HC Deb 24 April 1828 vol 19 cc49-51
Mr. Alderman Waithman

said, he rose to present a petition from Mr. Moses Wing, of Market-street, Southwark, and of Middle-row, Bloomsbury, relative to the great losses sustained by the public in the Life Annuities sold by government. The hon. alderman, after expressing his surprise at having heard it stated elsewhere, that no communications had been received by government, pointing out the losses on those annuities, save those of Mr. Finlayson, observed, that that gentleman had predicted the loss, and said he would prove it by his own tables, which tables, though they had been promised eight years ago, were not yet ready. He did not know where the blame rested, but it was certain that Mr. Finlayson received 500l. a year to enable him to make out those tables, and that great loss had accrued to the public by not having them prepared. It would be seen from the statement of the petitioner, that he also had made a communication to government on this subject, so early as May, 1819. At that period he addressed a letter to the then Chancellor of the Exchequer, stating that the tables by which the government life annuities were granted, were not adapted to such purpose, and that great loss to the public revenue had arisen from the use of them. To this letter he received an answer, stating that the Chancellor of the Exchequer did not think it expedient that any alteration should be made at that time, and that the computation of new tables would be attended with great difficulty. The petitioner addressed another letter on the 11th of that month on the same subject, in which he entered into a detail of the loss accruing to the public. He showed that, on some of those annuities there was a loss of eight, ten, twelve, and fifteen per cent, and on others of twenty and twenty-four per cent. That at some rates at which they were granted there was a loss of not less than 2,691,200l. on a transfer of 12,000,000l. of stock. This he showed from tables calculated by baron Maseres, long before any annuities were granted by government. Now, after this it was too bad that no steps had been taken by government to prevent the great loss which the public were daily sustaining. In 1825 the petitioner addressed another letter on the subject, and received an answer from the then Chancellor of the Exchequer, thanking him for his communication, and admitting that government were aware that the tables on which the annuities were calculated were inaccurate, and that inquiries were making, in order to get more correct information. He was surprised that the noble lord, who was at that time Chancellor of the Exchequer, should forget this circumstance.—The hon. alderman then proceeded to point out the great loss which had accrued to the public from inattention to the communications made by the petitioner; who, he considered, had been hardly used. He had not sought for any remuneration, though he was entitled to it; but some of his communications had been delayed, some had not been presented, and others remained unanswered. He trusted, however, that proper attention would now be paid to them.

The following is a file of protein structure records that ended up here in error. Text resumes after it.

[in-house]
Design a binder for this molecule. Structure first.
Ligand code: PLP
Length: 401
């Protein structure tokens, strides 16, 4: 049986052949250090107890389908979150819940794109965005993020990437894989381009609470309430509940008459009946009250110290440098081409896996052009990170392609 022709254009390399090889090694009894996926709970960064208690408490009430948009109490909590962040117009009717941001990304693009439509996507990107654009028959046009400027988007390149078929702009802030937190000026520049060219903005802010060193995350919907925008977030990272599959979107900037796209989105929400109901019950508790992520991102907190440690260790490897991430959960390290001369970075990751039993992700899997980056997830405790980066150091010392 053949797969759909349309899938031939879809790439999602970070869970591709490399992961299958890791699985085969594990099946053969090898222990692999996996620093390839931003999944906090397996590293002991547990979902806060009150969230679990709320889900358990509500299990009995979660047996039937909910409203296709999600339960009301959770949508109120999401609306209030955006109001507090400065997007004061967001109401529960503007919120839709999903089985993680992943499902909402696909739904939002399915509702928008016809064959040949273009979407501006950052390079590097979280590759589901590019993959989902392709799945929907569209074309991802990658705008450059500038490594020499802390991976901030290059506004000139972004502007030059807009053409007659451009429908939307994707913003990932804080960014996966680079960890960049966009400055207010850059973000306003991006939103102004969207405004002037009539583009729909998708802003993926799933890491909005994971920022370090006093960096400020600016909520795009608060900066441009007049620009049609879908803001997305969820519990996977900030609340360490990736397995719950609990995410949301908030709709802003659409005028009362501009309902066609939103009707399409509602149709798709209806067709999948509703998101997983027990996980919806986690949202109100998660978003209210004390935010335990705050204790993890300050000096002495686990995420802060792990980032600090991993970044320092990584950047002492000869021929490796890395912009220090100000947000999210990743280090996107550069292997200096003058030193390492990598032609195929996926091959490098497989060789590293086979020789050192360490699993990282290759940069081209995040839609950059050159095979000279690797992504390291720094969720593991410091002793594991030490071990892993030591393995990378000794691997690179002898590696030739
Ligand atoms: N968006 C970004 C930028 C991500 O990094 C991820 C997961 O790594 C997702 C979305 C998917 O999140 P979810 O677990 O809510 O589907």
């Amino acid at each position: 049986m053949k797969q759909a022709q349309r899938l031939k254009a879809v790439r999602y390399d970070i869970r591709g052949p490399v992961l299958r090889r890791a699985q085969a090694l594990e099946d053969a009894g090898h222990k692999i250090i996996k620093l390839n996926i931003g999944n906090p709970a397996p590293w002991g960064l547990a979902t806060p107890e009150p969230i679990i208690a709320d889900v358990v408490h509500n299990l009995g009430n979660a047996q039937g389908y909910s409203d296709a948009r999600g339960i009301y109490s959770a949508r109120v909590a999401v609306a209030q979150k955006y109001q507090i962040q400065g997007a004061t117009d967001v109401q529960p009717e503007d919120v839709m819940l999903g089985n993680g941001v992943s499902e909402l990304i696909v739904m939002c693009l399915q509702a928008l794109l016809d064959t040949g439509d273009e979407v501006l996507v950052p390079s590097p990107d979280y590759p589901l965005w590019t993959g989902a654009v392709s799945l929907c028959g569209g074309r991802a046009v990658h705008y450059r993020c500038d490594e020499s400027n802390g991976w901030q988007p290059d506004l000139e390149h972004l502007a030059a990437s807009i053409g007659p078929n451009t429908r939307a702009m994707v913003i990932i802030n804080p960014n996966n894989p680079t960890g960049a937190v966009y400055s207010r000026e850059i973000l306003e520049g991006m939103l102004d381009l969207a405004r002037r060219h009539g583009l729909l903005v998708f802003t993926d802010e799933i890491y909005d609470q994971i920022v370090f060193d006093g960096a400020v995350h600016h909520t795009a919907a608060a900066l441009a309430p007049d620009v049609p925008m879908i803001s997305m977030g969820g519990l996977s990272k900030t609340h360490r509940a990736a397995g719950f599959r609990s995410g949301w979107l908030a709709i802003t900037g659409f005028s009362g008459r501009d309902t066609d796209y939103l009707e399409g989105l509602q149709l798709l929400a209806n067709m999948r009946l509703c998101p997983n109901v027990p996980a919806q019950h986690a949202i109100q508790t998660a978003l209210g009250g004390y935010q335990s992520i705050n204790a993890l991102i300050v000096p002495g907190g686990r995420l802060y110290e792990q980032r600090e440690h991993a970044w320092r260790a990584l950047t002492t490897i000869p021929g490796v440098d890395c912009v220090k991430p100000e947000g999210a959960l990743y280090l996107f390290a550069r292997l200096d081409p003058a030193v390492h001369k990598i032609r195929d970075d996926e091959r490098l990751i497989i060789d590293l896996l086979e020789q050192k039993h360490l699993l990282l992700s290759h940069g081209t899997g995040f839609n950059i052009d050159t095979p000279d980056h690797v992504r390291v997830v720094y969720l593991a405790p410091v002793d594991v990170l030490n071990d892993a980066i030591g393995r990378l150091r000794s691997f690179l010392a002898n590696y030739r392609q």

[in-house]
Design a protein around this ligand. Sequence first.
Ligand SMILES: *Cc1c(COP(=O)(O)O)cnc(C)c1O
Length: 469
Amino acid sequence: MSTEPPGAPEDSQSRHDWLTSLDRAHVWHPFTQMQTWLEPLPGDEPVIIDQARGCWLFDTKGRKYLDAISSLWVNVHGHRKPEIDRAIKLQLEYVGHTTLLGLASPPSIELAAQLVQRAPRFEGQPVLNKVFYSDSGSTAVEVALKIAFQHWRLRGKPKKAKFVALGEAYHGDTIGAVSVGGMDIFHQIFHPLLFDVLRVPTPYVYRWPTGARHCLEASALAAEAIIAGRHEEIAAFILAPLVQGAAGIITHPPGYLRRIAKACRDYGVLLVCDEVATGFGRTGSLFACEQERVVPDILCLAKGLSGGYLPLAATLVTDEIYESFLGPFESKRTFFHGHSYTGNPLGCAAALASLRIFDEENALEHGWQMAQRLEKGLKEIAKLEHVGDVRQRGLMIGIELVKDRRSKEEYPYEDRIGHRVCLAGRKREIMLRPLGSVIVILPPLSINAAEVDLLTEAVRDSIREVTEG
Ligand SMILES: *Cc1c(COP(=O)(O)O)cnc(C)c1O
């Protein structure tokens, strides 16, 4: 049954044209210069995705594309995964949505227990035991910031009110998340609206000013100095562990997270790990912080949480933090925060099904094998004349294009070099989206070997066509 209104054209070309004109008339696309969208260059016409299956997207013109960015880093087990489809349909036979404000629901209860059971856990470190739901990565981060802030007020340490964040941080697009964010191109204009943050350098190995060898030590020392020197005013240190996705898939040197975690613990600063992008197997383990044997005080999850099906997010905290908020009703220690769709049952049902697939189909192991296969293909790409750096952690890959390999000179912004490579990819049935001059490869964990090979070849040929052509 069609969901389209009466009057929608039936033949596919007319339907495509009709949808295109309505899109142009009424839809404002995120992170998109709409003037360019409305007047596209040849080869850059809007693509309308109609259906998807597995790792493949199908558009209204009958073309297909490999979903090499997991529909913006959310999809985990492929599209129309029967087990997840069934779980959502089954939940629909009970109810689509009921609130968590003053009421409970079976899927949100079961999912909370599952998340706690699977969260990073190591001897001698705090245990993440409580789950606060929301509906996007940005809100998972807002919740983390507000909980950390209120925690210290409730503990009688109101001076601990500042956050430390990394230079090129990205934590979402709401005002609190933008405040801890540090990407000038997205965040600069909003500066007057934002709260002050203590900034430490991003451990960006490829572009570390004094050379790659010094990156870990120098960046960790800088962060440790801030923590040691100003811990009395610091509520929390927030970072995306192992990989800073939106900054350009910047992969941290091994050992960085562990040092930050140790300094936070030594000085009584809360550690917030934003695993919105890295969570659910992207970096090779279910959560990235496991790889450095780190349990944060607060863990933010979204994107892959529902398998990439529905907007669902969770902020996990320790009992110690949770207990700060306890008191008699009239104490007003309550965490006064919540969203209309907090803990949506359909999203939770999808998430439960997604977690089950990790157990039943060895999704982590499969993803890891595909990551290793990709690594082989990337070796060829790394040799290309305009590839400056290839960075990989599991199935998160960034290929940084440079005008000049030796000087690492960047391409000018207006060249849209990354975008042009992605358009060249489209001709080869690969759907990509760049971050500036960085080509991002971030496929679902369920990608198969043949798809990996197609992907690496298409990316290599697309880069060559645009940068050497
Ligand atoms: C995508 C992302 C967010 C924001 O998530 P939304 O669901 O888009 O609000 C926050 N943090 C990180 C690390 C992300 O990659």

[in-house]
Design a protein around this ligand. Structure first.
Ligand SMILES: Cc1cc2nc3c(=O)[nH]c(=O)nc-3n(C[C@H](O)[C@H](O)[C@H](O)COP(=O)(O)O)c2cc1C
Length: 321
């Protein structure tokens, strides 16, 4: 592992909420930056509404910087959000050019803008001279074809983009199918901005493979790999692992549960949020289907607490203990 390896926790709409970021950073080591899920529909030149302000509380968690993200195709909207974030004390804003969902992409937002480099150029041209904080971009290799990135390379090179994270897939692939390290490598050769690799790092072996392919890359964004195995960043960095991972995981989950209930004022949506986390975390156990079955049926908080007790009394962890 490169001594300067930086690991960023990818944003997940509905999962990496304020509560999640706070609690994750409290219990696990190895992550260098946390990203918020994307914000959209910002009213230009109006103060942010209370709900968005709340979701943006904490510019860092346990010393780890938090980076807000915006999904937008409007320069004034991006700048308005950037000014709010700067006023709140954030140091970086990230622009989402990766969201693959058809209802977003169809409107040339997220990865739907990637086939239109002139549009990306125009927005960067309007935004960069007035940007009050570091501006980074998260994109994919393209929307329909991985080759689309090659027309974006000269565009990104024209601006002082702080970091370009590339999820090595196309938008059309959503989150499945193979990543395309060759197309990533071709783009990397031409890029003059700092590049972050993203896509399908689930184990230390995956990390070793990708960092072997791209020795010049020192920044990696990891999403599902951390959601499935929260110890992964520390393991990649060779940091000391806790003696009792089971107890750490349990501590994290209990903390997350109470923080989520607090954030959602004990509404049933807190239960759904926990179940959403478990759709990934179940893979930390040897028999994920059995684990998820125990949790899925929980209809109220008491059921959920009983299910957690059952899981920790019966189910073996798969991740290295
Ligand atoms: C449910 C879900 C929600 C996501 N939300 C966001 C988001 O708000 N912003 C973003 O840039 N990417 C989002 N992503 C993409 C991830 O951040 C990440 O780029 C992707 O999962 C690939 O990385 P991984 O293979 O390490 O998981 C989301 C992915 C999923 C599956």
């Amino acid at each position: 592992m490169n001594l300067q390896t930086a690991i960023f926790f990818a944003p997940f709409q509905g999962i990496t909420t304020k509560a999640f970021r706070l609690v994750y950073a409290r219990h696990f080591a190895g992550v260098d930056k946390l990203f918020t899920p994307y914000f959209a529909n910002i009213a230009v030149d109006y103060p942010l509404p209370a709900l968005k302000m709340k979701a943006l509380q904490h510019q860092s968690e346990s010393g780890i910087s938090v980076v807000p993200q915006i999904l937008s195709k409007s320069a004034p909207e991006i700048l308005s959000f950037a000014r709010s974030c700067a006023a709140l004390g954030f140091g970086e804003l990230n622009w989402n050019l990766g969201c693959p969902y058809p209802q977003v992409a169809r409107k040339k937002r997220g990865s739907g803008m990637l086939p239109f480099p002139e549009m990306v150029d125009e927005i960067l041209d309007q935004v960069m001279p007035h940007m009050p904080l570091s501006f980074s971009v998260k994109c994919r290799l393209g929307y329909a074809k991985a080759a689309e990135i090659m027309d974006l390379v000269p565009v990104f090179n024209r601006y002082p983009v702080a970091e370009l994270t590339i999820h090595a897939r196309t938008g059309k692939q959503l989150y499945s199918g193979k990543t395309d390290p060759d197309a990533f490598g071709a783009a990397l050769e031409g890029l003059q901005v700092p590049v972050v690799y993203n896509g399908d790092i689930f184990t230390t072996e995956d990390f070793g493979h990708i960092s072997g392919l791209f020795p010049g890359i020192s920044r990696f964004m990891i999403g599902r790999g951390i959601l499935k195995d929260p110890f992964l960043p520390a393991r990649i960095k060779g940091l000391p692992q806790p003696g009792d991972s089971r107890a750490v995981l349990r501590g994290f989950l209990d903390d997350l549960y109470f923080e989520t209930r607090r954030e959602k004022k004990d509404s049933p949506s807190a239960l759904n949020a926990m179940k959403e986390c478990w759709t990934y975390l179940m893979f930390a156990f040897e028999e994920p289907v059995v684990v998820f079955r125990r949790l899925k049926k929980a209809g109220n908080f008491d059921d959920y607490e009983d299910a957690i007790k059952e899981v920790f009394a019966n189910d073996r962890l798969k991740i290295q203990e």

Ordered to lie on the table.